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Soft Regulators, though judges

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  • G.G.A. de Geest
  • G. Dari Mattiacci

Abstract

Judges have a tendency to be more demanding than regulators. In the United States, a majority of the courts has adopted the rule that the unexcused violation of a statutory standard is negligence per se. However, the converse does not hold: compliance with regulation does not relieve the injurer of tort liability. In most European legal systems, the outcome is similar. We use a framework in which, on the one hand, the effects of tort law are undermined by insolvency and evidence problems and, on the other hand, regulation is expensive in terms of monitoring and information gathering. We show that a regulatory standard set below the socially optimal level of care can be sufficient to remove the shortcomings of tort law. In essence, this is because the injurer’s cost function may have two local minima that make only major deviations from the socially desirable level of precaution advantageous for the injurer, but not minor violations. This may occur when precaution also or only reduces the magnitude of the harm and under liability for negligence. Thus, minimum regulation can completely restore optimal liability incentives. Conversely, liability reduces the cost of enforcing regulation in two ways: first, enforcing minimum regulation rather than a standard set at the socially optimal level is cheaper because it requires lower monitoring levels; second, tort liability already provides a part of the sanction for sub-optimal behavior, thus allowing for a further reduction in monitoring. Moreover, we show that minimum regulation does not need to be set at a very precise level. On the contrary, any level within a certain range is socially optimal. This allows regulators to further curb their cost by saving on information gathering. We show that an imperfectly working tort system can be fully corrected by minimum regulation in a variety of circumstances (for instance, even if the injurer is unable to compensate for the harm at the optimal level of precaution, and even if the rule in force is strict liability or a cause-in-fact variant of negligence).

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Bibliographic Info

Paper provided by Utrecht School of Economics in its series Working Papers with number 05-06.

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Date of creation: 2005
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Handle: RePEc:use:tkiwps:0506

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Keywords: insolvency; judgment proof problem; disappearing defendant; bankruptcy; regulation;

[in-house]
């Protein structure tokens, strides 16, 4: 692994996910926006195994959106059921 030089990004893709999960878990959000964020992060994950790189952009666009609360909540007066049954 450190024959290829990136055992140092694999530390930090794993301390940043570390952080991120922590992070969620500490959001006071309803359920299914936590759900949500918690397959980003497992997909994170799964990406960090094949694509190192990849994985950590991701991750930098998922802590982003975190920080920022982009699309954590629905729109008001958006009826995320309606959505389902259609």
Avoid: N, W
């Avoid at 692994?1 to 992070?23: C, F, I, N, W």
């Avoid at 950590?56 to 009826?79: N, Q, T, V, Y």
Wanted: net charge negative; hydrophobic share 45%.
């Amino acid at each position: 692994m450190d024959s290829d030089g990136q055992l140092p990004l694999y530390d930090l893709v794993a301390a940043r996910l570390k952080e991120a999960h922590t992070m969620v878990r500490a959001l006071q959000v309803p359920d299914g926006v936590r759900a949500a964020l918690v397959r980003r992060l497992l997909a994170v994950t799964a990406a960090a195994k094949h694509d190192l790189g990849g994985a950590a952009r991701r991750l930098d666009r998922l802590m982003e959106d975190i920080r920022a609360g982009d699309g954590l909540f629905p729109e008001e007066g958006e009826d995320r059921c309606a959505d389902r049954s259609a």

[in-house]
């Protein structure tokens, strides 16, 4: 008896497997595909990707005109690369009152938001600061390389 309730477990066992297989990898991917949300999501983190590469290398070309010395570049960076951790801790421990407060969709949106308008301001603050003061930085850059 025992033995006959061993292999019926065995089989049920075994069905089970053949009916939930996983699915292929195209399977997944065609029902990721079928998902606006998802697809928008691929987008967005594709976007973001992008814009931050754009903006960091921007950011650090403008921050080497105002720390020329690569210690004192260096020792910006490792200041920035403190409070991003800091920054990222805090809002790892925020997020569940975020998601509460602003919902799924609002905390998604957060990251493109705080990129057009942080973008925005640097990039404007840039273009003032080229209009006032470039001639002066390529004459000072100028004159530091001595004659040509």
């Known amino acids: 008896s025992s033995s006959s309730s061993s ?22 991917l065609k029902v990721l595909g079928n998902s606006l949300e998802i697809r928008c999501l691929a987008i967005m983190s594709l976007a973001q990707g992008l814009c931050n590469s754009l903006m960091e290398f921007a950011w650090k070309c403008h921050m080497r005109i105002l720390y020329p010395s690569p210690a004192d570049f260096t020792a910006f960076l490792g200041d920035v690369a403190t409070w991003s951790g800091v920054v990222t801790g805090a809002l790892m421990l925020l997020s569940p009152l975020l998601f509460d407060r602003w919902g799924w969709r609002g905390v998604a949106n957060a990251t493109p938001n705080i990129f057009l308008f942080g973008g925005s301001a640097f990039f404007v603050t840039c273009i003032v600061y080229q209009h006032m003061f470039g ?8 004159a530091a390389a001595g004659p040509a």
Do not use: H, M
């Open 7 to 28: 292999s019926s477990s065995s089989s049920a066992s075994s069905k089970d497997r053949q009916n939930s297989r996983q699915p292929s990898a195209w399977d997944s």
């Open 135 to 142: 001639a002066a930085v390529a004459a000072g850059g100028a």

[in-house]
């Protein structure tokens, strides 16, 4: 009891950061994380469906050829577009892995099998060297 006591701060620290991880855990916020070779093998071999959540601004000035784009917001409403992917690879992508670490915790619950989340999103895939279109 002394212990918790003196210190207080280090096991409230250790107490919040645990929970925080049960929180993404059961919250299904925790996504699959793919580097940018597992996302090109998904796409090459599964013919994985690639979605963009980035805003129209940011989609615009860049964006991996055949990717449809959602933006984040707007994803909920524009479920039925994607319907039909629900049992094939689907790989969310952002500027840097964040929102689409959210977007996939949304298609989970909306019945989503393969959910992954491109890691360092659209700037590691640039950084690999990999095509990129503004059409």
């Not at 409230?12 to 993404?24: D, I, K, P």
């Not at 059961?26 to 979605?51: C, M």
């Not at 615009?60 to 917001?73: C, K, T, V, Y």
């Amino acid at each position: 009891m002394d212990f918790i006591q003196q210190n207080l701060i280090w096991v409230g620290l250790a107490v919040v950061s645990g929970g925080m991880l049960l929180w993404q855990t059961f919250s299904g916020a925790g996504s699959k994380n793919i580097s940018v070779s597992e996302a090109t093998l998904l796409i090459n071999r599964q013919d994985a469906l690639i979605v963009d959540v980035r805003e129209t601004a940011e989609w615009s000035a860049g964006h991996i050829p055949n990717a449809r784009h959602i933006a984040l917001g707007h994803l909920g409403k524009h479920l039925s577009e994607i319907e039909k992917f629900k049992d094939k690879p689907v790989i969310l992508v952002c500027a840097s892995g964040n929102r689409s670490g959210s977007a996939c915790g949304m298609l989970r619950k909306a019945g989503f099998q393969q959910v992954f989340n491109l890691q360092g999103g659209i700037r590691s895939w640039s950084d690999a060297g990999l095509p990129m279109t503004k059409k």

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References

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  1. Burrows, Paul, 1999. "Combining regulation and legal liability for the control of external costs," International Review of Law and Economics, Elsevier, vol. 19(2), pages 227-244, June.
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  9. Thomas J. Miceli & Kathleen Segerson, 2001. "A Note on Optimal Care by Wealth-Constrained Injurers," Working papers 2002-44, University of Connecticut, Department of Economics, revised May 2002.
  10. G. Dari Mattiacci & Geert de Geest, 2003. "Judgement Proofness under Four Different Precaution Technologies," Working Papers 03-16, Utrecht School of Economics.
  11. Kahan, Marcel, 1989. "Causation and Incentives to Take Care under the Negligence Rule," The Journal of Legal Studies, University of Chicago Press, vol. 18(2), pages 427-47, June.
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  13. Innes, Robert, 2004. "Enforcement costs, optimal sanctions, and the choice between ex-post liability and ex-ante regulation," International Review of Law and Economics, Elsevier, vol. 24(1), pages 29-48, March.
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  15. Dari-Mattiacci, Giuseppe & De Geest, Gerrit, 2006. "When will judgment proof injurers take too much precaution?," International Review of Law and Economics, Elsevier, vol. 26(3), pages 336-354, September.
  16. Viscusi, W Kip, 1988. "Product Liability and Regulation: Establishing the Appropriate Institutional Division of Labor," American Economic Review, American Economic Association, vol. 78(2), pages 300-304, May.
  17. Boyd, James & Ingberman, Daniel E, 1994. "Noncompensatory Damages and Potential Insolvency," The Journal of Legal Studies, University of Chicago Press, vol. 23(2), pages 895-910, June.
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Citations

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Cited by:
  1. Ramello, Giovanni B. & Porrini, Donatella, 2010. "Class action and financial markets: Insights from law and economics," POLIS Working Papers 143, Institute of Public Policy and Public Choice - POLIS.
  2. Andrzej Baniak & Peter Grajzl, 2012. "Equilibrium and Welfare in a Model of Torts with Industry Reputation Effects," CEU Working Papers 2012_4, Department of Economics, Central European University, revised 10 Apr 2012.
  3. Bentata Pierre, 2013. "Environmental Regulation and Civil Liability Under Causal Uncertainty: An Empirical Study of the French Legal System," Review of Law & Economics, De Gruyter, vol. 9(2), pages 239-263, October.
  4. Bhole, Bharat & Wagner, Jeffrey, 2008. "The joint use of regulation and strict liability with multidimensional care and uncertain conviction," International Review of Law and Economics, Elsevier, vol. 28(2), pages 123-132, June.
  5. Iljoong Kim, 2008. "Securities laws ‘facilitating’ private enforcement," European Journal of Law and Economics, Springer, vol. 25(1), pages 17-38, February.

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